The company listed between $100 million and $500 million in liabilities.
Alamo Drafthouse Cinema, a 41-unit chain that operates movie theaters with luxury seating and food and beverages, declared bankruptcy Wednesday morning.
As a part of the proceedings, Alamo has agreed to sell itself to a group of senior lenders, including Altamont Capital Partners and Fortress Investment Group. Tim League, co-founder of the brand, is among the purchasing group. The deal provides Alamo with $20 million in debtor-in-possession financing to continue operations.
Alamo listed between $100 million and $500 million in assets and between $100 million and $500 million in liabilities.
CFO Matthew Vonderahe said in a court filing that Alamo commenced proceedings to preserve and maximize value in the face of “an impending liquidity shortfall and significant industry headwinds primarily caused by the adverse impacts of the COVID-19 pandemic on the movie theater and dining industries.”
Six of the company’s 18 theaters are operating at 50 percent and only generating 20 percent of historical box office sales. Eleven of 23 franchised stores are operating with COVID relief and significantly reduced royalty payment plans.
In the past year, Alamo has reduced operating expenses, decreased G&A expenses, and increased customer safety with social distancing and enhanced cleaning measures. Alamo plans to close corporate stores in Austin, New Braunfels, Texas, and Kansas City. It will also end development of a new store in Orlando.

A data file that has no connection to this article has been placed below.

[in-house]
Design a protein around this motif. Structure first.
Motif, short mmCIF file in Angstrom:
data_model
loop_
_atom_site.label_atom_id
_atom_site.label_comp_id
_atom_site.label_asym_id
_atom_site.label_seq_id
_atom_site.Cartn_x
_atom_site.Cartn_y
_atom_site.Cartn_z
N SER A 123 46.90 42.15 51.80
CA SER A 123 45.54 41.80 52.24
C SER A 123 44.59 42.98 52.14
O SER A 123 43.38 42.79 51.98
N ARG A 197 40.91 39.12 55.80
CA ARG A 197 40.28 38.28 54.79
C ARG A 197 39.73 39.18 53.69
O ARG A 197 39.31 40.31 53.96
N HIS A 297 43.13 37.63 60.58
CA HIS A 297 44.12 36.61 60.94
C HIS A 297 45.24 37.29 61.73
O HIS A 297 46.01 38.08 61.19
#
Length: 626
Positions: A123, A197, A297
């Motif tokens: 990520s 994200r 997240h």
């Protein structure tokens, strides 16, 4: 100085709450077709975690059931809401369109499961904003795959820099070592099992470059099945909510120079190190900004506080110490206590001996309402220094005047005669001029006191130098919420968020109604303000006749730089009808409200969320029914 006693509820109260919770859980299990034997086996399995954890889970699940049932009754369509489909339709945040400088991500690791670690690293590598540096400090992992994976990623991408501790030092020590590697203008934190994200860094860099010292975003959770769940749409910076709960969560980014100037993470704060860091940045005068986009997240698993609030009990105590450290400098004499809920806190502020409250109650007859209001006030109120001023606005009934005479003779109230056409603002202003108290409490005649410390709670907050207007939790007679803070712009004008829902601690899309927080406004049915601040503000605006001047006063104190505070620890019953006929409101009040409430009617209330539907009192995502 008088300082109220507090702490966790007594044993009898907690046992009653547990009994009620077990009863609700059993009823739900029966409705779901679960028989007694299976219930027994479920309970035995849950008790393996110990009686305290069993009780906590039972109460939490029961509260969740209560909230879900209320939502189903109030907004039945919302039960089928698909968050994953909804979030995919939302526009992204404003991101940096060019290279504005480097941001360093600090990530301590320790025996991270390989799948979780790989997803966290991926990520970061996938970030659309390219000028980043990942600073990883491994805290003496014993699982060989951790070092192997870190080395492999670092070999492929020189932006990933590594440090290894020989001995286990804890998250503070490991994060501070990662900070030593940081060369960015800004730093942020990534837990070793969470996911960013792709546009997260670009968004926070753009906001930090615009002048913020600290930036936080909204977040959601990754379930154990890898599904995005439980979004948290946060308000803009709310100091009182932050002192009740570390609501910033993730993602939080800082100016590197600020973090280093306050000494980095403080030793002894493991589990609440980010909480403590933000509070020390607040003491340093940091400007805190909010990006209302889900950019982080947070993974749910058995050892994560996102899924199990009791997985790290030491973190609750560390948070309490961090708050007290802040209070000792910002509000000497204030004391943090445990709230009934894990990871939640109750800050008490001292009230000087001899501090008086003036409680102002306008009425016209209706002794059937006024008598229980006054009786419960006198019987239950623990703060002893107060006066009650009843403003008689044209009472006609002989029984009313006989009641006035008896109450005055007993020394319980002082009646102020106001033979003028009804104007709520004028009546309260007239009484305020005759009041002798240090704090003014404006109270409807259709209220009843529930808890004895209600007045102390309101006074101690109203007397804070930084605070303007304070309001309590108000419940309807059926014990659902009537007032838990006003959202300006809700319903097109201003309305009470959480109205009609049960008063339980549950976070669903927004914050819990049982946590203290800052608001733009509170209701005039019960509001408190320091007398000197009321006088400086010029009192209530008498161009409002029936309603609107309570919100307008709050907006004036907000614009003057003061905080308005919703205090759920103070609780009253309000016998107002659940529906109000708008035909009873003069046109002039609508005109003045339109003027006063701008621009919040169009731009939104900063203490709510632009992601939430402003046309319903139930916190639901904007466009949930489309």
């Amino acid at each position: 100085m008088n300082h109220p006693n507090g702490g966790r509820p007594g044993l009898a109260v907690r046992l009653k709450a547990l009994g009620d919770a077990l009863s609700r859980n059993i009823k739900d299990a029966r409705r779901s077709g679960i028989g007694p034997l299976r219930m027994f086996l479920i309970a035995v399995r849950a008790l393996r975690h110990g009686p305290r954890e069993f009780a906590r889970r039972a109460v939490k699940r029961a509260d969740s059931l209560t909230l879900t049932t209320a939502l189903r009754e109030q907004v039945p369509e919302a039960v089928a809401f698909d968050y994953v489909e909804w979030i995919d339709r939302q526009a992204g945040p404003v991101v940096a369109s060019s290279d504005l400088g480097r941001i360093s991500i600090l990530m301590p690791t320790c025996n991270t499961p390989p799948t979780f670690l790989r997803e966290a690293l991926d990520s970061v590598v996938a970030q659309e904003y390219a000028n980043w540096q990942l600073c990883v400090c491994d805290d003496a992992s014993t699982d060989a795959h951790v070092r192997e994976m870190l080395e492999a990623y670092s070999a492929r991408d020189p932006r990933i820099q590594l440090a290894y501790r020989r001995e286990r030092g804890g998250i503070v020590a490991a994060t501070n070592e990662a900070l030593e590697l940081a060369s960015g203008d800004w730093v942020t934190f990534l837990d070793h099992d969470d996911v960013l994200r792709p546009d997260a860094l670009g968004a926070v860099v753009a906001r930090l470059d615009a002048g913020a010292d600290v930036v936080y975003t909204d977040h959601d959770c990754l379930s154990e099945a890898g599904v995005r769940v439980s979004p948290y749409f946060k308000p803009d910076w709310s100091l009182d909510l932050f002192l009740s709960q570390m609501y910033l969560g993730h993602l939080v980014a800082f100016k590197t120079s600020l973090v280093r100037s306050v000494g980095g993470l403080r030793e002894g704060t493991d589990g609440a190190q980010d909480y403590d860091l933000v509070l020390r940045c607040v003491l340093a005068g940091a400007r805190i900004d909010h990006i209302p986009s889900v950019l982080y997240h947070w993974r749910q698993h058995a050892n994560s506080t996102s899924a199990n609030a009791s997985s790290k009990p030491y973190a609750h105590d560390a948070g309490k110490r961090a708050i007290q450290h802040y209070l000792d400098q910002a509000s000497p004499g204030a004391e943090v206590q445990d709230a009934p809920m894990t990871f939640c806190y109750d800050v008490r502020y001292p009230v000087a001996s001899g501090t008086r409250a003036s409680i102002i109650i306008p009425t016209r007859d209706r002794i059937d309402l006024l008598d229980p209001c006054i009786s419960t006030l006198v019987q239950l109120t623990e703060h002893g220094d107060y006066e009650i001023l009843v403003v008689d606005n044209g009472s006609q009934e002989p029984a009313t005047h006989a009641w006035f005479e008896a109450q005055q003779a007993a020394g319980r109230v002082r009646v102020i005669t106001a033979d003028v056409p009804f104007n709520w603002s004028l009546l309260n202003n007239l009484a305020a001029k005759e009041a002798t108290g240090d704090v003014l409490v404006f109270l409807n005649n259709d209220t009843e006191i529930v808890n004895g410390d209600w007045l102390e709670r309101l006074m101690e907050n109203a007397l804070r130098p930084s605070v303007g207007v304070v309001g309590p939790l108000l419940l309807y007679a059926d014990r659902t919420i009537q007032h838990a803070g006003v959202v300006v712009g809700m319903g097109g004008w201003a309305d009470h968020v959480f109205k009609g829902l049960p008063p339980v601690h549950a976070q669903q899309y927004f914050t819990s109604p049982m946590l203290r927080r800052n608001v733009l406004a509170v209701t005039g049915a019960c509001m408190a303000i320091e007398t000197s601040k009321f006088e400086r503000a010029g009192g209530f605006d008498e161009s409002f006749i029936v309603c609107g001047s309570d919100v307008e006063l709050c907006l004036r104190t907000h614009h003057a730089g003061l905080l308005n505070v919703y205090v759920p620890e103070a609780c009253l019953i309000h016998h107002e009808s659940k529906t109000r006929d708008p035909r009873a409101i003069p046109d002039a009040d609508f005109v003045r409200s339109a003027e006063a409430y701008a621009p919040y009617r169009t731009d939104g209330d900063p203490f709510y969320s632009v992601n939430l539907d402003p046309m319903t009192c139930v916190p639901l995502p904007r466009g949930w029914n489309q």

Alamo was founded by Tim and Karrie League in 1997 after a parking garage was converted into a one-screen theater. Over the years, the venture has expanded to 21 markets and added a full cocktail menu, special events, and multi-course meals.
Vonderahe said that prior to COVID, the company flourished despite increased competition and industry-wide pressures, and entered 2020 with strong liquidity That success came to a screeching halt in March when the pandemic arrived and authorities mandated the closure of movie theaters. The company was forced to furlough 80 percent of staff, reduce pay at both the corporate and theater level, negotiate rent deferrals, eliminate discretionary expenses, pause new theater development projects, and cancel its annual film festival.
The CFO said “revenue growth became impossible” and that Alamo’s liquidity became “seriously compromised” by the summer. During this time, the chain’s merchandizing arm, Mondo, provided a “crucial revenue stream that helped the Company to weather the extended shutdown.” Alamo rented theaters to individuals and groups and launched a video on demand platform, but supply remained limited and customer demand dwindled.
In response to the challenges, Alamo hired a financial advisory and investment-banking firm to assist with cash management practices and evaluate cost structure. But by the end of 2020, it became clear to the chain that operational fixes weren’t enough and that it needed immediate relief from its “overwhelming debt burden.”
Alamo engaged with its lenders, but they weren’t receptive to infusing more capital into the company. After those discussions failed, Fortress and Altamont Capital Partners agreed to acquire the debt and provide the brand with additional liquidity.
"With the ongoing support of Altamont Capital and Fortress Investment Group, the company will continue its mission of providing the best moviegoing experience in the country, sharing the films and food the Alamo Drafthouse team loves with the widest possible audience," Alamo said in a statement.
Alamo’s announcement follows Studio Movie Grill, another restaurant/movie theater chain that declared bankruptcy in October. At the time, the chain had just $100,000 in current cash assets.